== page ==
The SIM tray is, for once, notable, as you’re able to pull it out with a fingernail instead of trying to find one of those little tools or persuading someone to remove an earring. The tray is split into two, and takes a nanoSIM (you can use an eSIM too, for dual-SIM capabilities) plus a Micro SD card to expand the phone’s 128GB of storage.
Sony Xperia 10 IV review: Camera
The cameras are decent but unexceptional, which pretty much sums up the entire phone. You get a 12MP sensor behind the main cam, which has an equivalent focal length of 27mm and an aperture of f/1.8, with 8MP ultrawide and 2x tele alternatives. Pictures taken in daylight are generally crisp, though such low resolution numbers are unusual in 2022 without pixel binning, and the images are all at their best in the centre, with softness and chromatic aberration creeping in at the edges, particularly from the ultrawide.
Low light performance, which has been such a revelation in recent phone cameras such as the Pixel series, is back to where things were a few years ago. Despite a Night Mode setting, you’re going to get a lot of high ISO noise, and the AF can struggle in the dark unless you can give it some contrast to lock onto.
In its favour are optical image stabilisation, an HDR mode that can be left on the ‘auto’ setting, and the usual Android tricks such as slow-mo, panorama, manual mode and live filters, but despite there being a selfie portrait mode, we couldn’t find the background-blurring ability on the main camera.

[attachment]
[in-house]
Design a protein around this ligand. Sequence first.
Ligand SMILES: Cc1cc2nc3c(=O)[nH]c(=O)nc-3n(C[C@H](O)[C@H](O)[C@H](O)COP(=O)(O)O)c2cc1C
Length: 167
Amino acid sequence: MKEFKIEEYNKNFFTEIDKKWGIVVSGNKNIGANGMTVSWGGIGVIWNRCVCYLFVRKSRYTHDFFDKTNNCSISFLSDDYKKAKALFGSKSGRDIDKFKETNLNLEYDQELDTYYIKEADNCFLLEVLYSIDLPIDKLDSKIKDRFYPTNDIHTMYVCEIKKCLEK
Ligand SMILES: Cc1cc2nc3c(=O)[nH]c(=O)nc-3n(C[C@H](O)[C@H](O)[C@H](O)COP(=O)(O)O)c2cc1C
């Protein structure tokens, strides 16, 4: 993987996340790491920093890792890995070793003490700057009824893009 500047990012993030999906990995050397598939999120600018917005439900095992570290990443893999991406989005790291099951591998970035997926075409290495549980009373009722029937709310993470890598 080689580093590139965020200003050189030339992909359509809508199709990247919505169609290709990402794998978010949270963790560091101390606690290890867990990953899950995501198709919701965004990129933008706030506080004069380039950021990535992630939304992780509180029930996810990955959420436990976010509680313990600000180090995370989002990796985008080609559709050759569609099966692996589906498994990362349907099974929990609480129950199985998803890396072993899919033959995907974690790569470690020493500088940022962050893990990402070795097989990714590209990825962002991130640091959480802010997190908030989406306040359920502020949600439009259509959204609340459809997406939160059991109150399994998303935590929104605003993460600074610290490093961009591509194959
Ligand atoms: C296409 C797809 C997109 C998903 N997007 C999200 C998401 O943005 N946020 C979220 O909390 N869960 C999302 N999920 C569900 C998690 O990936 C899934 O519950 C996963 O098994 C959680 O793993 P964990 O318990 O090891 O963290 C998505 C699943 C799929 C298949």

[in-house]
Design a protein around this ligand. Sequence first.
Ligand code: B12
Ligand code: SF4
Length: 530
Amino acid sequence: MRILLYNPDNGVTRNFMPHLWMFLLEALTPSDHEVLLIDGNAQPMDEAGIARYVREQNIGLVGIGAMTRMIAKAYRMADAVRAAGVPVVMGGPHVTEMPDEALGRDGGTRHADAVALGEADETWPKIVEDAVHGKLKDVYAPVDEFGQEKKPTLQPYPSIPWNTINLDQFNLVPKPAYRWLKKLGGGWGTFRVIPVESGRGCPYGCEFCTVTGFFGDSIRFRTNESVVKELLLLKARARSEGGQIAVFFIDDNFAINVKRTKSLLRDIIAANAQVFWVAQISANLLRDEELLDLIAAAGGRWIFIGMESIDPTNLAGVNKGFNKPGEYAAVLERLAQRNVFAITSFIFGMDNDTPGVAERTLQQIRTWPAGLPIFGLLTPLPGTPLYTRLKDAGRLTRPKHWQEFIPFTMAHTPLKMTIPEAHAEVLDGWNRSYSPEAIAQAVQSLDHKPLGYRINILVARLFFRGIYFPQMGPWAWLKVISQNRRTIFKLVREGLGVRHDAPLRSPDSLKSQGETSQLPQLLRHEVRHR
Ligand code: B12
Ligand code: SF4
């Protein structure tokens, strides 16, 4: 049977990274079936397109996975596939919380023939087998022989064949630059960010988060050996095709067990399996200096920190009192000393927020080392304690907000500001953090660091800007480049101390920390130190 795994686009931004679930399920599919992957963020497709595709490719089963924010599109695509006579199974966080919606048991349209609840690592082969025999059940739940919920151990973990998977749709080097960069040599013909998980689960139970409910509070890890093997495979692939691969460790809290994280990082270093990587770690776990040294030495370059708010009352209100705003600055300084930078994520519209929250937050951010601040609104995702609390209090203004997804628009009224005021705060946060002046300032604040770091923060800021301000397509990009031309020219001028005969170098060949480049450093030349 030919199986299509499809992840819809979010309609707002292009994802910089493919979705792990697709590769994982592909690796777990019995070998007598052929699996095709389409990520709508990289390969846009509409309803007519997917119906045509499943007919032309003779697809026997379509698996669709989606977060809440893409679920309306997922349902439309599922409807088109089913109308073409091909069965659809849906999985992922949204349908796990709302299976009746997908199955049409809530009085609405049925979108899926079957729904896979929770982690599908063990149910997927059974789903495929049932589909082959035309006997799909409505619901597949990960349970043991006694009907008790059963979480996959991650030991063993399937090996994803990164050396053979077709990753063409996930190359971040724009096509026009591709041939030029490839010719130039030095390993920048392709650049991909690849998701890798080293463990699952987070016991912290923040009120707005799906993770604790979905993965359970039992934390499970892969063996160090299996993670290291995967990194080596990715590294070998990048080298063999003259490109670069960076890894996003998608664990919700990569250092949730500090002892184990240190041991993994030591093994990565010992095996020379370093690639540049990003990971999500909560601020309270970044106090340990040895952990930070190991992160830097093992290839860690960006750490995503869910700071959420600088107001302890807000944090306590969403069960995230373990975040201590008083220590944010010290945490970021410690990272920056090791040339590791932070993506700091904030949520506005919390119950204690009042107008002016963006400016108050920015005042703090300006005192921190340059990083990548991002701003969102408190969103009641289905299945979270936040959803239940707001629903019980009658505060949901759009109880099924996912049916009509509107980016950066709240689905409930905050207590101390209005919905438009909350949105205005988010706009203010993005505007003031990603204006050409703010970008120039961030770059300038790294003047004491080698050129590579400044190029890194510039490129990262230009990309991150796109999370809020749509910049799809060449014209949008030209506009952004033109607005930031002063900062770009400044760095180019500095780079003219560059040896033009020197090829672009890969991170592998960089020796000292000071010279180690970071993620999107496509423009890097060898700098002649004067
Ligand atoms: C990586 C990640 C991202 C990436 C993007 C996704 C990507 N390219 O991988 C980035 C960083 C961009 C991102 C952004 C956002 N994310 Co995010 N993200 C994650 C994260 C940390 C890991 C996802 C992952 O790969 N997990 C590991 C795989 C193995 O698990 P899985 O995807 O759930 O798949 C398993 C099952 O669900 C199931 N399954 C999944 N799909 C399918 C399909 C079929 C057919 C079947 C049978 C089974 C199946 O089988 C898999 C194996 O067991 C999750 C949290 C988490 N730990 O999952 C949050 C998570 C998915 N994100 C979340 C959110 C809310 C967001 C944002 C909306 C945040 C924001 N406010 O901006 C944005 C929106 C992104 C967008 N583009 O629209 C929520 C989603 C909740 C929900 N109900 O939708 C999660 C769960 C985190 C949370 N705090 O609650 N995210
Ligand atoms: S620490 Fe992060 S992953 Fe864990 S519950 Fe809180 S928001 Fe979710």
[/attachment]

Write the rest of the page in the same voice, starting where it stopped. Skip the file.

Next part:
Video can be captured at up to 1080p/60 but not higher. You can shoot in 16:9, 21:9 or 1:1, and there's object tracking autofocus.
Sony Xperia 10 IV review: Performance and interface
The Xperia 10 IV’s chipset is a Snapdragon 695. It’s 5G, and has eight CPU cores. Two of them are performance cores, Arm Cortex A-78, and six are efficiency, Arm Cortex A-55. There's also 6GB of RAM and 128GB of storage, though this can be expanded through the MicroSD slot. These modest specs put it behind phones like the Honor 70, but it’s also around £70 cheaper, and the Pixel 6a, which at £399 is more in the Xperia 10 IV’s neighbourhood.
Despite this, we found the phone to be generally responsive with just the slightest feeling of lag when moving between apps or pressing the home button (which, in modern Android 12 style, can be replaced with a gesture). There's also a useful Window Manager app that allows an app to run in a small window over the home screen, useful for quickly checking messages.